Grade: B+

Saturday, April 18, 2009

Clockers/ The Best of Spike Lee

Clockers (1995)

I checked out Clockers after finishing Richard Price's novel of the same name. Price was one of the lead writers on The Wire, my favorite show of all time by a large margin. His book covered many of the same complexities of the cop/drug dealer world as the show. As excited as I was by the book and by much of Lee's work, I couldn't wait to check out the movie.

Unfortunately, I found it to be one of Lee's weakest movies. The novel is a sprawling 700 pages. The movie follows Rocco, a New York City cop investigating a murder, and Strike, a young drug dealer under the sway of a drug kingpin who is involved with the murder. In order to condense the plot, the characters complexities are greatly reduced and several are turned into caricatures. Lee tries to put so much into this movie. The same material would have been covered in 6 or 7 episodes of The Wire and, thus, given the viewers a much deeper understanding of the characters. Nevertheless, Lee does prove an able director. There are some beautiful camera shots, and Mekhi Phifer is excellent as the young dealer. Nevertheless, on the whole it felt a little sketched in and incomplete. Perhaps The Wire has ruined other cop movies for me.

Grade: C+

The Best of Spike Lee

While Clockers was somewhat disappointing, I do usually admire (and sometimes love) Spike Lee as a director. While his ambition can get the better of him, at his best he is an expert and providing electric, thought-provoking entertainment. Here are my "Top 5" Lee movies. If you haven't seen any of them, I recommend checking them out right away.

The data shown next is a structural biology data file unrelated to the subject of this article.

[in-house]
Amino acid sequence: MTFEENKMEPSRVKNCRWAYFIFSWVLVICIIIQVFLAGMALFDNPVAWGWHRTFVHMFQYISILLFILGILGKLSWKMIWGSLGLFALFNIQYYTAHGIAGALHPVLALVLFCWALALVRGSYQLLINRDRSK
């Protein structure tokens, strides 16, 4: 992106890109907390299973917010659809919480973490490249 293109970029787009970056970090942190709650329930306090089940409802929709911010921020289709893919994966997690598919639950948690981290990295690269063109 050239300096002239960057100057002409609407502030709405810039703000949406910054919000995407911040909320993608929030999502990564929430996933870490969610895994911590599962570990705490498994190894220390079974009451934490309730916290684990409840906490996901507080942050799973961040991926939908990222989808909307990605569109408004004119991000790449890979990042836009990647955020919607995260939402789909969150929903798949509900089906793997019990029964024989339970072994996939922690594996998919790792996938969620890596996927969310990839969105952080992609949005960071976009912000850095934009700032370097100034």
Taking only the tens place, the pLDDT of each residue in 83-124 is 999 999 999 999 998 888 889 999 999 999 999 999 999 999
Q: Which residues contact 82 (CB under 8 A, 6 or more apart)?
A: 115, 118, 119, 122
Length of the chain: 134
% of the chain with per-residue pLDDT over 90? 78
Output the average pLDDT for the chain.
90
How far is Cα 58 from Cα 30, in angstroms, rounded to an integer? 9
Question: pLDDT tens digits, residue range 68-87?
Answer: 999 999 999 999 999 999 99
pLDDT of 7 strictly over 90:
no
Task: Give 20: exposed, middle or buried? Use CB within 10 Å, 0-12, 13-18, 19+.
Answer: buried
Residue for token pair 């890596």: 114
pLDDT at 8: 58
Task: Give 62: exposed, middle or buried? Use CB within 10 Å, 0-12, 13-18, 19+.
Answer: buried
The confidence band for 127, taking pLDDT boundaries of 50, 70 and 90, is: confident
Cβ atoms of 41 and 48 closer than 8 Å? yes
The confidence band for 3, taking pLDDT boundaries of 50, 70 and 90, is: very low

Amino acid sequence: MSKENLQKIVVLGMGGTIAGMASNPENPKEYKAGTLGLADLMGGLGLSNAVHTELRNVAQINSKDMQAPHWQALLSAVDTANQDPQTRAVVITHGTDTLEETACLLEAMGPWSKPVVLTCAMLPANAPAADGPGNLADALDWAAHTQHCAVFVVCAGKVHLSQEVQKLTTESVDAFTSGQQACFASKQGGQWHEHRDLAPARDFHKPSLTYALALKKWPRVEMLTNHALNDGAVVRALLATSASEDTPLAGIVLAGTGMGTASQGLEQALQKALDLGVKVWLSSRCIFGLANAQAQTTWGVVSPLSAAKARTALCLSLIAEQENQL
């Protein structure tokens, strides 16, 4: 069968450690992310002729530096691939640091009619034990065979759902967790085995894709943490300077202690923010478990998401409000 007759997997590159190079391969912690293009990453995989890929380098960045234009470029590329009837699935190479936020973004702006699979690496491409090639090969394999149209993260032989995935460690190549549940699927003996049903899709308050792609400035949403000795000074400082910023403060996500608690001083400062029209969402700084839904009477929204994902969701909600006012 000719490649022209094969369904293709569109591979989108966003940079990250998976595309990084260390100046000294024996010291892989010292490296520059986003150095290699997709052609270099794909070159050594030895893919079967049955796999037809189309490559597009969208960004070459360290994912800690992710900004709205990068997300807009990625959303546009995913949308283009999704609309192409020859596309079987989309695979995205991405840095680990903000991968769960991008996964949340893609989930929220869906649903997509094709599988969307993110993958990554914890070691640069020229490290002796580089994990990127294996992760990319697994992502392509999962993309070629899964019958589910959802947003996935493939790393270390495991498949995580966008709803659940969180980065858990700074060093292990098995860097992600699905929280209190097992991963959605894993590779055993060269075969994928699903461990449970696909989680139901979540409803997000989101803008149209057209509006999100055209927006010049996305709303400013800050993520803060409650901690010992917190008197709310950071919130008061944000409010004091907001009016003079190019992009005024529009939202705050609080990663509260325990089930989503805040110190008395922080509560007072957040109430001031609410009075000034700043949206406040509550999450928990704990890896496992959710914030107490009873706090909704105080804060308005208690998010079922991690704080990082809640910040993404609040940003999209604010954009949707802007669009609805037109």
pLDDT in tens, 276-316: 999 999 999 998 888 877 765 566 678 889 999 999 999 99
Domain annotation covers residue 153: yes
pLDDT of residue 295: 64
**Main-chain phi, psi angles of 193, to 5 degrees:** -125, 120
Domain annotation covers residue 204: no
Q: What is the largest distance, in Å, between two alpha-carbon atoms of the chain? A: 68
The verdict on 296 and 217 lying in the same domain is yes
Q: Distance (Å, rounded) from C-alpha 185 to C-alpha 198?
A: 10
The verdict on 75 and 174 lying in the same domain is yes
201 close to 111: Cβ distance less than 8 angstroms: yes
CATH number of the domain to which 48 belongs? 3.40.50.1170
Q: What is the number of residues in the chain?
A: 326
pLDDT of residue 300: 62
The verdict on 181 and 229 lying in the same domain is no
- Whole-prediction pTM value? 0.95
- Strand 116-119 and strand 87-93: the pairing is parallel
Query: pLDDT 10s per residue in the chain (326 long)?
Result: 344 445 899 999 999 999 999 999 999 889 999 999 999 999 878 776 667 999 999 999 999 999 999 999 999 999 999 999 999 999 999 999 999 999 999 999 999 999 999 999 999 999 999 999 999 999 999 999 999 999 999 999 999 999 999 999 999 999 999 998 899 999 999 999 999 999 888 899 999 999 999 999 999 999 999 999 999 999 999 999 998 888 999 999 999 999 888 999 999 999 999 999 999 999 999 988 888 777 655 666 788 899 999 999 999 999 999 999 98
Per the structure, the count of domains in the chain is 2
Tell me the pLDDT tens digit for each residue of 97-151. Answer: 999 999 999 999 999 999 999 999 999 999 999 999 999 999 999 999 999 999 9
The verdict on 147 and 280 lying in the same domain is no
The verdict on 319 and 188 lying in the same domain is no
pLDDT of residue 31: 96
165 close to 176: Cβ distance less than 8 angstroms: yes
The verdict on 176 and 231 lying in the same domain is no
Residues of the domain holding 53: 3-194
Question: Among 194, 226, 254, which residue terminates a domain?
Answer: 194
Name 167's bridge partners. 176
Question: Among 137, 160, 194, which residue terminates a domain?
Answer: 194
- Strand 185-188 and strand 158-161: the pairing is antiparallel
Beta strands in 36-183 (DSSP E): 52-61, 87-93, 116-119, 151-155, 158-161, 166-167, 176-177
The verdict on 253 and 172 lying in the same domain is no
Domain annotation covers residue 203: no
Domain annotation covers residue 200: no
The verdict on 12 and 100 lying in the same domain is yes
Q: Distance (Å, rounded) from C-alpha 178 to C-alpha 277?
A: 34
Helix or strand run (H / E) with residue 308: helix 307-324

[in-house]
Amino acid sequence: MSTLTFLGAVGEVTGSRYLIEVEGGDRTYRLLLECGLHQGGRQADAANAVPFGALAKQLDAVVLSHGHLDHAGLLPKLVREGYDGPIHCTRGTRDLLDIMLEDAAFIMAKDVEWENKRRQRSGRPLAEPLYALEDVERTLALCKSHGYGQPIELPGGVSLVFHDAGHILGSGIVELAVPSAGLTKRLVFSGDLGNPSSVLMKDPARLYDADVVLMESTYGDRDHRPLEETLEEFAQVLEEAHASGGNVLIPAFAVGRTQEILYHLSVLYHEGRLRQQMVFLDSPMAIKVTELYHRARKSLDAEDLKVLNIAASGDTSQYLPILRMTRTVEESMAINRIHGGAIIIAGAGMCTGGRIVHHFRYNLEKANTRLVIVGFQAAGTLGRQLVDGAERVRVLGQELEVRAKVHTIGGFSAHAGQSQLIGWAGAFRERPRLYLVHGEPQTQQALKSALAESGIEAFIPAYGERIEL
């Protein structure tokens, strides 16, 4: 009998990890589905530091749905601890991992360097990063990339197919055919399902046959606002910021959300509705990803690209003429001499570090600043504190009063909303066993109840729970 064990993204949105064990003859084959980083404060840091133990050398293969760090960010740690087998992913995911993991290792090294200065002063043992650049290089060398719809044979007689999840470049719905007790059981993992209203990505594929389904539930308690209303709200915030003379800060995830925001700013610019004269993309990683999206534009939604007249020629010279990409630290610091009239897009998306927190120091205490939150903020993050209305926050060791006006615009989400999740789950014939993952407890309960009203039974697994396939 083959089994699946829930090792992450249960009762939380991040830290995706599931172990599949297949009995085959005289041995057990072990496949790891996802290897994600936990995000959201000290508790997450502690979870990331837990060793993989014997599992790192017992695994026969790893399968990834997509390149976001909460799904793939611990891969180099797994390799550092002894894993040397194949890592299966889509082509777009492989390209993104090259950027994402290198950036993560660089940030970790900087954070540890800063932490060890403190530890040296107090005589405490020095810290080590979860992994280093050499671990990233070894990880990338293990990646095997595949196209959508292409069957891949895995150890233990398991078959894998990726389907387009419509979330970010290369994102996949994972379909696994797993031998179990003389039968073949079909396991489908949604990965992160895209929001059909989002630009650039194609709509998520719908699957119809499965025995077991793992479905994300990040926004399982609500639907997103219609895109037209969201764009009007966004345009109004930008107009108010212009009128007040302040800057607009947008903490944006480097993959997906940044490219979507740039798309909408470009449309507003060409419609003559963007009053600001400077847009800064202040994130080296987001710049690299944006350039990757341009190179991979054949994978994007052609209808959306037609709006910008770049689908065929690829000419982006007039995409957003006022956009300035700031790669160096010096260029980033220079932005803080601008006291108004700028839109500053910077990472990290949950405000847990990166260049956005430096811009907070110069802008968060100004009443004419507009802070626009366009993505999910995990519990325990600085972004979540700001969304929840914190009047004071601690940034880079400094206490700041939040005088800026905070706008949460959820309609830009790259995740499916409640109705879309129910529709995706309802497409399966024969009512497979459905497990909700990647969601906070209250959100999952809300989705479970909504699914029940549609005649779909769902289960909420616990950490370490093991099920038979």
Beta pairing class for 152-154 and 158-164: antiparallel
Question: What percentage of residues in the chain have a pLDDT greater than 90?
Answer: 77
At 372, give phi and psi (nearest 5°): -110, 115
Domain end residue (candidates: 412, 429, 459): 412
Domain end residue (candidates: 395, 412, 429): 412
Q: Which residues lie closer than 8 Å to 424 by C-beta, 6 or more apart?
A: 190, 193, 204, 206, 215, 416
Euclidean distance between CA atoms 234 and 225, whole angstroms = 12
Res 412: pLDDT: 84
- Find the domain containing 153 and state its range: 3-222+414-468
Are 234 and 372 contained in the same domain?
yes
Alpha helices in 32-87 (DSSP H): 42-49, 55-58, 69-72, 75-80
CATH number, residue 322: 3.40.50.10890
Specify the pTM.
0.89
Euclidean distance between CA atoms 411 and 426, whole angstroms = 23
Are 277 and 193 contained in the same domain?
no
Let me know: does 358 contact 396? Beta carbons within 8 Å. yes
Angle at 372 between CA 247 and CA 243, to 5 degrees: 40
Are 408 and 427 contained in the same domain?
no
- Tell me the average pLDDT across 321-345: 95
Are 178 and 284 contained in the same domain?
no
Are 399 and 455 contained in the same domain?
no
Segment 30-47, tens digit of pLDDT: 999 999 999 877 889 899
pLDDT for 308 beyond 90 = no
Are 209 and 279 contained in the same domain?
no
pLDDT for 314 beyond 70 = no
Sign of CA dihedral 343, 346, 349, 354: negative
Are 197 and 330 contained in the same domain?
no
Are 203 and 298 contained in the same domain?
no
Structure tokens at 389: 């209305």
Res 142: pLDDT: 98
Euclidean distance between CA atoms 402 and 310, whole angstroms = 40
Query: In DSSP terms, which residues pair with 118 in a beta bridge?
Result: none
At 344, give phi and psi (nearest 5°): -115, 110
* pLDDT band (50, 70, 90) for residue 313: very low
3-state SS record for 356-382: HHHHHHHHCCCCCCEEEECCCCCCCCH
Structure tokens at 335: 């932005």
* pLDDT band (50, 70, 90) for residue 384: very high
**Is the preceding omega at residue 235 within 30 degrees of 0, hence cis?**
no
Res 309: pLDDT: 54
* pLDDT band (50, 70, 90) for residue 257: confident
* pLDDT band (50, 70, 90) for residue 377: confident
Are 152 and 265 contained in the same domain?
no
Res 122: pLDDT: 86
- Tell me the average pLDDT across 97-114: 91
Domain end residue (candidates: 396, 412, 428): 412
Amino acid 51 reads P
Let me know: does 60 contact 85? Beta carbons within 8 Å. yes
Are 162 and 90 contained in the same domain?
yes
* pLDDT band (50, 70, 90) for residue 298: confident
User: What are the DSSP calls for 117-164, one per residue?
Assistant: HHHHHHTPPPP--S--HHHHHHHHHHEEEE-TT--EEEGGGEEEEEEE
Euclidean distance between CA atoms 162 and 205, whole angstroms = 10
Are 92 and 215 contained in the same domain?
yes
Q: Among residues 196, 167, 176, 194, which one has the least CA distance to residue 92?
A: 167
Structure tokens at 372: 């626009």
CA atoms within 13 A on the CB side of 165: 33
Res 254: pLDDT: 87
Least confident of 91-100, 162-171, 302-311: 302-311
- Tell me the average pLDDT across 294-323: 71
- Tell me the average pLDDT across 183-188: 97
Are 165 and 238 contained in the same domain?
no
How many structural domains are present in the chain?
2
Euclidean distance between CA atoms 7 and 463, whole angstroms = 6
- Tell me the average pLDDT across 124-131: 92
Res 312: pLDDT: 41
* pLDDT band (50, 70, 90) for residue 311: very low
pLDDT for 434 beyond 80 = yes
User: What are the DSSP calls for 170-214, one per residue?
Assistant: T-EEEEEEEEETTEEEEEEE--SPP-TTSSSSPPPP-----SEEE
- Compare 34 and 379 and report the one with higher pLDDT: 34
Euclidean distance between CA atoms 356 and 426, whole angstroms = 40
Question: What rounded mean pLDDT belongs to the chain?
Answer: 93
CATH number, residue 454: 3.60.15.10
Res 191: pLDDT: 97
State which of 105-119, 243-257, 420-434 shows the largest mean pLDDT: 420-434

1. Do the Right Thing (1989): 20 years later, and Lee's tale of racial dynamics and unrest in Brookyn still packs a thought-provoking wallop. He provides a vibrant mix of actors and characters and serves up no easy answers. The fact that this movie was denied a Best Picture nomination (the year that Driving Miss Daisy won) ranks as one of the most egregious Oscar mistakes of all time.

2. Malcolm X (1992): Lee's soaring biopic of Malcolm X is important filmmaking that is never boring, a frequent fault of screen biographies. Denzel Washington losing the Best Actor Oscar ranks as another awful oversight.

3. 25th Hour (2002): This is a great film that I think was unjustly ignored by many critics. This movie follows Monty Brogan (Edward Norton), a drug dealer in his last night in New York before going to prison. Lee produces an elegiac and mournful movie. While this movie mostly addresses race only tangentially, its most powerful scene involves Norton's tirade against his city. Its a great scene, one that shows Norton's profane rage and (ultimately) love for his city.